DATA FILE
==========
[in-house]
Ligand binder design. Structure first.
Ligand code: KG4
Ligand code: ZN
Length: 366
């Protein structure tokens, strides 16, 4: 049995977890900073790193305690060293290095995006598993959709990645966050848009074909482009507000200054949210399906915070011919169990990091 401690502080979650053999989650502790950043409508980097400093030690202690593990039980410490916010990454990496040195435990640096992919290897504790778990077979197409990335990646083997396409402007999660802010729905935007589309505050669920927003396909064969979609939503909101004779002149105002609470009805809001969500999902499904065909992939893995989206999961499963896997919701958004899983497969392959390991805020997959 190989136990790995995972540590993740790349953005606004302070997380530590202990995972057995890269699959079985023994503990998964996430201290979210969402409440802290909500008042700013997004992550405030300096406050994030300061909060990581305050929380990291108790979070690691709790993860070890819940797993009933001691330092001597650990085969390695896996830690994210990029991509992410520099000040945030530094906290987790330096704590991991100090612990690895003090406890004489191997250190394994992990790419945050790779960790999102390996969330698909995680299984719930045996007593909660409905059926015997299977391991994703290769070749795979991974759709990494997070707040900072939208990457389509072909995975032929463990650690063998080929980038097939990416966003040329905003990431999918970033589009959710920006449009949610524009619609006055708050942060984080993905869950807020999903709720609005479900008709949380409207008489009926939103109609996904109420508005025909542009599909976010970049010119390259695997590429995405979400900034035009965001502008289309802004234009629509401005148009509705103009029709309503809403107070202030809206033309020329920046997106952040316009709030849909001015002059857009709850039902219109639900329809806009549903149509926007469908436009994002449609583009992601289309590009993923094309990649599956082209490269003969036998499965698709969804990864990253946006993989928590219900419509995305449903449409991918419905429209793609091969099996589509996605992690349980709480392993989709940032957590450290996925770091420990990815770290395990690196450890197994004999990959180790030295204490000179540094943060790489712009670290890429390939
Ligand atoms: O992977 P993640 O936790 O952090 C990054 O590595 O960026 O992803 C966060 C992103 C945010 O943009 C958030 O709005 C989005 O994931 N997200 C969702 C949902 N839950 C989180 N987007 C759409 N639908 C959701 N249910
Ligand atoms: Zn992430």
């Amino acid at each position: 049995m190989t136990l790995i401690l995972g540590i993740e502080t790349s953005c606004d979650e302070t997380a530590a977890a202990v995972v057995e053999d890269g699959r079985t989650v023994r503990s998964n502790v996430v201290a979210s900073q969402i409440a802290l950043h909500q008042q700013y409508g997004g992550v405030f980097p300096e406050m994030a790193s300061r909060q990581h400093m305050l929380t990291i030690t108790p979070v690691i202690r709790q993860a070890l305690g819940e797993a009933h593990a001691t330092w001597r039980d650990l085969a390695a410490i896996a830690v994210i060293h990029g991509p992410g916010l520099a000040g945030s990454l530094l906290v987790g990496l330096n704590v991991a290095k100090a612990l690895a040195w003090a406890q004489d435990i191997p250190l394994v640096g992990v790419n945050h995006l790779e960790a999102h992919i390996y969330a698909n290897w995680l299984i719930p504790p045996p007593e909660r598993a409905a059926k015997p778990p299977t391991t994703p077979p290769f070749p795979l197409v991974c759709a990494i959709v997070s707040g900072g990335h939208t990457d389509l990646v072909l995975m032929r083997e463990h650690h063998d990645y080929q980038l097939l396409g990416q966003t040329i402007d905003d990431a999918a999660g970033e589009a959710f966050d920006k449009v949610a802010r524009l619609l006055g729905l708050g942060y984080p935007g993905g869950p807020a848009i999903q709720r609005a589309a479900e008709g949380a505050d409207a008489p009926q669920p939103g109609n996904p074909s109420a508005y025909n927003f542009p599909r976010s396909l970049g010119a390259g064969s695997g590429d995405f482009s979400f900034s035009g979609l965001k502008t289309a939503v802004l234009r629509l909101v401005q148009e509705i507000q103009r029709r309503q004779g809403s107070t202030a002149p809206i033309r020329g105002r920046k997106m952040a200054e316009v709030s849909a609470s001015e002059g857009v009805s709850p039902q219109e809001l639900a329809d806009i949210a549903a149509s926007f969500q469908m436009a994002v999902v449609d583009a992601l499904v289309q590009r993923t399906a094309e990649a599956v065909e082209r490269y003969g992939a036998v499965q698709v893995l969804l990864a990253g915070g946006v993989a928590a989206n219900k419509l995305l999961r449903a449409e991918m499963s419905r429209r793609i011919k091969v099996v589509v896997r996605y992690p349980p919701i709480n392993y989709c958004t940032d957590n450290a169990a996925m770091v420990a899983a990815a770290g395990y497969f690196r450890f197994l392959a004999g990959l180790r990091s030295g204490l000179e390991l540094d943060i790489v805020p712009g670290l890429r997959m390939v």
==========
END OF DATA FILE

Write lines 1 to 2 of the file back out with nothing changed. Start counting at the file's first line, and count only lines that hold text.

[in-house]
Ligand binder design. Structure first.